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In 1920 a man in a jail cell in Atlanta, Georgia ran for the office of President of the United States and received about 3.5% of the vote. That man was Eugene V. Debs.

Eugene V. Debs (1855-1926), a Terre Haute, IN native, ran for the office of United States president five times on the socialist ticket. The son of immigrant parents, Debs began working at age 14, scraping and painting railroad cars in the Terre Haute railyards for a daily wage of fifty cents. He worked in the railroad industry from 1869 to 1874 achieving a position as a locomotive fireman. The Brotherhood of Locomotive Firemen made him an officer in the local lodge in 1875. Debs worked ceaselessly to build this organization and by 1880 was elected to Brotherhood's national office of secretary treasurer, also serving as editor of the Locomotive Firemen's Magazine.

Debs' political career began as a Democrat. He served as Terre Haute City Clerk from 1880 to 1884 and was elected to the Indiana Legislature for the 1885-1887 term. Debs was increasingly drawn into the Brotherhood of Locomotive Firemen's growing militant efforts to improve labor conditions for the various craft-based brotherhoods. Soon Debs' activities with the Democratic Party faded as he shifted his efforts to promoting collective bargaining for tradesmen. However, his efforts to promote bargaining across trade groups met with little success.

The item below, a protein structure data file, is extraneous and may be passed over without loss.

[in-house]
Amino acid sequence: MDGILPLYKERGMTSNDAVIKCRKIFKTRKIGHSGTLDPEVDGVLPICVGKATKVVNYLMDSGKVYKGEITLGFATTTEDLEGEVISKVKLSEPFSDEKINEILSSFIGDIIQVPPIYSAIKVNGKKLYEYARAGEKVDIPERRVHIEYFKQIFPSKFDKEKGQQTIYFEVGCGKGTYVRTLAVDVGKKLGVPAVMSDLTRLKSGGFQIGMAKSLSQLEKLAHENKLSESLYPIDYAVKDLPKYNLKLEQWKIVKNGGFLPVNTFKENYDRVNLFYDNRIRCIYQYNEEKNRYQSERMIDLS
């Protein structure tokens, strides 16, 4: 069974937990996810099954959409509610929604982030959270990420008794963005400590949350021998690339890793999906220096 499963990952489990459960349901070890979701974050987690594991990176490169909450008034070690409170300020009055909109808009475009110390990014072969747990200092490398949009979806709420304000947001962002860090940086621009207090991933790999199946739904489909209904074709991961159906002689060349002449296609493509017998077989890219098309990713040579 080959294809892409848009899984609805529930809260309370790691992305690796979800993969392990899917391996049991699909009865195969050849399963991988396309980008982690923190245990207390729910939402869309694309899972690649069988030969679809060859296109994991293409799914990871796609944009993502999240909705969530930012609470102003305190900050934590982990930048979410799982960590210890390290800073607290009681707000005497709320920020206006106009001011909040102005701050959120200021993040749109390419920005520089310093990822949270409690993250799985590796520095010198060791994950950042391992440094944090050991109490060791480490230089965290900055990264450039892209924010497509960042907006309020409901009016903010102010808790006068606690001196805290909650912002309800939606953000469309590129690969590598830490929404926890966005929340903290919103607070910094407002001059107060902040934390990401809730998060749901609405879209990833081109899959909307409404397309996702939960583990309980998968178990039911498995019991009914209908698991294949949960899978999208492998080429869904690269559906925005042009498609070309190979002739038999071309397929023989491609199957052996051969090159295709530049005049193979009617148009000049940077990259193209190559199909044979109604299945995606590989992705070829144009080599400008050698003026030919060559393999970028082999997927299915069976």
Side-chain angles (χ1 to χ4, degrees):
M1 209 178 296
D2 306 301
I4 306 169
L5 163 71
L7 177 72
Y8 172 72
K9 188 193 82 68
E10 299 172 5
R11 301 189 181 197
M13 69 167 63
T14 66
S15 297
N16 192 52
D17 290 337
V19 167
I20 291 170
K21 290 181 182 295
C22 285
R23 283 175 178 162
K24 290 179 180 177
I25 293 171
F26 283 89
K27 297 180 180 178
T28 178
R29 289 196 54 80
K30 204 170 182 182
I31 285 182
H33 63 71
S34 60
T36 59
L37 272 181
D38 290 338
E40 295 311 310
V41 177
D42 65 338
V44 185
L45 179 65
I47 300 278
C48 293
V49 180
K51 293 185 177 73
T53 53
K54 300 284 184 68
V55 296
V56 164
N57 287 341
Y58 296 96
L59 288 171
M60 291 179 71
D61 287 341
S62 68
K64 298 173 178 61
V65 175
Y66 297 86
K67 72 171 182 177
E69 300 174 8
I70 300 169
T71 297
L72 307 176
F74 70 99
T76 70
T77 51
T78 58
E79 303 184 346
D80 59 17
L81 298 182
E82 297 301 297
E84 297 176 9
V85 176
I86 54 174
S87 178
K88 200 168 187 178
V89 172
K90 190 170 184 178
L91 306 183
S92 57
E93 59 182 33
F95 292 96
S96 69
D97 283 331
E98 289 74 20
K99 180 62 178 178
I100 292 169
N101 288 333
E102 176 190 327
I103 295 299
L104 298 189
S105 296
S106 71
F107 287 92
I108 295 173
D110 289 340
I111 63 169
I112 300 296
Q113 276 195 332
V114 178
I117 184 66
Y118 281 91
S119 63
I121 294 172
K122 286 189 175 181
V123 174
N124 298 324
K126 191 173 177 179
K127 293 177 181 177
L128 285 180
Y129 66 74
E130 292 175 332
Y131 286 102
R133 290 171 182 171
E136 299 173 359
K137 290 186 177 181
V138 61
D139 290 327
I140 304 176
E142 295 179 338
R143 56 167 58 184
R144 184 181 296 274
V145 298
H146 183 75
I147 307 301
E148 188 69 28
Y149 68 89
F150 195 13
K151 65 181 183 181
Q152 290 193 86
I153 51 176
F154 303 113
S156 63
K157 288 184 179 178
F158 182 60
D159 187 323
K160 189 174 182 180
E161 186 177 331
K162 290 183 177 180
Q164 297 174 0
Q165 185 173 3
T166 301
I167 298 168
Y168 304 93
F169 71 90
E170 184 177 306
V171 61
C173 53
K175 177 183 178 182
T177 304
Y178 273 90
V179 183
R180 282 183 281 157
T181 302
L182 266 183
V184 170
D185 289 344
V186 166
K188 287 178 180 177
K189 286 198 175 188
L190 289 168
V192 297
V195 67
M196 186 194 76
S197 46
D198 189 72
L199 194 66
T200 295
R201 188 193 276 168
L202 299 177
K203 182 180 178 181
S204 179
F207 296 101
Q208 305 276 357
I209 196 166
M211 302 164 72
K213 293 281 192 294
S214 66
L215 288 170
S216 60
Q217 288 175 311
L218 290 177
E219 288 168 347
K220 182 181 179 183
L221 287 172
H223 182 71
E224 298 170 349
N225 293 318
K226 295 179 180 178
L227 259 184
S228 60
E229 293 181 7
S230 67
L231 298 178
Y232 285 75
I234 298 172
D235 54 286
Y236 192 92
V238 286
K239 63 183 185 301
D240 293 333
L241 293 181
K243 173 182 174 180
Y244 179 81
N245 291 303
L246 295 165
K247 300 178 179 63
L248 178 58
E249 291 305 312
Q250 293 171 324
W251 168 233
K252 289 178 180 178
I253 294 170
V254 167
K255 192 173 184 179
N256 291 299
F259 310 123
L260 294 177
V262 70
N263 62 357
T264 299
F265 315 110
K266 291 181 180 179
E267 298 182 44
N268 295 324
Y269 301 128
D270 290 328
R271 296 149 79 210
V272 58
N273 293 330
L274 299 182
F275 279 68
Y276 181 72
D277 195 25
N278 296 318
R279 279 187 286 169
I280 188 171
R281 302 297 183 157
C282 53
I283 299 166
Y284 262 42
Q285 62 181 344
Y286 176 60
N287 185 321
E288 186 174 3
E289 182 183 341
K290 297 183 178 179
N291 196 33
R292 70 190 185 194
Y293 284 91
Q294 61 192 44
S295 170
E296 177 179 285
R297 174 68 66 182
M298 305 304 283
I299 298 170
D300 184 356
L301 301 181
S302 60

In 1893 Debs founded the American Railway Union, which was open to all railway workers. The American Railway Union in its day was the largest union in America. This union effectively negotiated labor issues until its involvement in a sympathy strike against the George Pullman Company. This strike was very bitter. An estimated 100,000 workers joined the strike, blocking Chicago to railroad traffic almost completely. A court order to end the strike was issued, but Debs and seven other American Railway Union leaders ignored it. This strike, also known as the "Debs Rebellion," ended only when President Grover Cleveland resorted to federal troops. Despite representation by Clarence Darrow, Debs was convicted of contempt of court for ignoring the order. He served his first prison term of six months in the Woodstock, IL jail. Debs and the seven union leaders who defied the court order became known as the "Woodstock Eight." While in prison, Debs joined the socialist cause.